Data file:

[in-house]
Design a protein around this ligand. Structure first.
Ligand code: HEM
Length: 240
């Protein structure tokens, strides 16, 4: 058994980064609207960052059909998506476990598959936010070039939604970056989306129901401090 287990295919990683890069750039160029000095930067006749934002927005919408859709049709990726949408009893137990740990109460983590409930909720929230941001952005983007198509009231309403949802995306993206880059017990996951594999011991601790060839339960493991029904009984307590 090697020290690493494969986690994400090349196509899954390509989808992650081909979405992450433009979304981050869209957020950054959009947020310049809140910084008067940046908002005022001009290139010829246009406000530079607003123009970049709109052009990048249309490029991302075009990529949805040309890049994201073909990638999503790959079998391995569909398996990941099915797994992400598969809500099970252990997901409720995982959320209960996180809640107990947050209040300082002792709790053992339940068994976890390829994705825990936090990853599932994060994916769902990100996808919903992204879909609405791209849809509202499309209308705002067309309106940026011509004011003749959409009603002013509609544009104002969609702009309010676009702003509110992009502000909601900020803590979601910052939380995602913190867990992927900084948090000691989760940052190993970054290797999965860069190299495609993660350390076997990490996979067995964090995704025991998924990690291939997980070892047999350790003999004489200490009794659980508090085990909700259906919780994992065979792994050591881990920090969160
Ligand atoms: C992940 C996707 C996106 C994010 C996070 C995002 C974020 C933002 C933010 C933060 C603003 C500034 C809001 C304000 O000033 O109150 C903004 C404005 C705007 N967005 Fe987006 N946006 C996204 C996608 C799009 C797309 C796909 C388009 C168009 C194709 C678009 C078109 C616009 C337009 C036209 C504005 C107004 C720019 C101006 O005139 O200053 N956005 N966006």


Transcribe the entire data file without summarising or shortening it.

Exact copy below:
[in-house]
Design a protein around this ligand. Structure first.
Ligand code: HEM
Length: 240
């Protein structure tokens, strides 16, 4: 058994980064609207960052059909998506476990598959936010070039939604970056989306129901401090 287990295919990683890069750039160029000095930067006749934002927005919408859709049709990726949408009893137990740990109460983590409930909720929230941001952005983007198509009231309403949802995306993206880059017990996951594999011991601790060839339960493991029904009984307590 090697020290690493494969986690994400090349196509899954390509989808992650081909979405992450433009979304981050869209957020950054959009947020310049809140910084008067940046908002005022001009290139010829246009406000530079607003123009970049709109052009990048249309490029991302075009990529949805040309890049994201073909990638999503790959079998391995569909398996990941099915797994992400598969809500099970252990997901409720995982959320209960996180809640107990947050209040300082002792709790053992339940068994976890390829994705825990936090990853599932994060994916769902990100996808919903992204879909609405791209849809509202499309209308705002067309309106940026011509004011003749959409009603002013509609544009104002969609702009309010676009702003509110992009502000909601900020803590979601910052939380995602913190867990992927900084948090000691989760940052190993970054290797999965860069190299495609993660350390076997990490996979067995964090995704025991998924990690291939997980070892047999350790003999004489200490009794659980508090085990909700259906919780994992065979792994050591881990920090969160
Ligand atoms: C992940 C996707 C996106 C994010 C996070 C995002 C974020 C933002 C933010 C933060 C603003 C500034 C809001 C304000 O000033 O109150 C903004 C404005 C705007 N967005 Fe987006 N946006 C996204 C996608 C799009 C797309 C796909 C388009 C168009 C194709 C678009 C078109 C616009 C337009 C036209 C504005 C107004 C720019 C101006 O005139 O200053 N956005 N966006």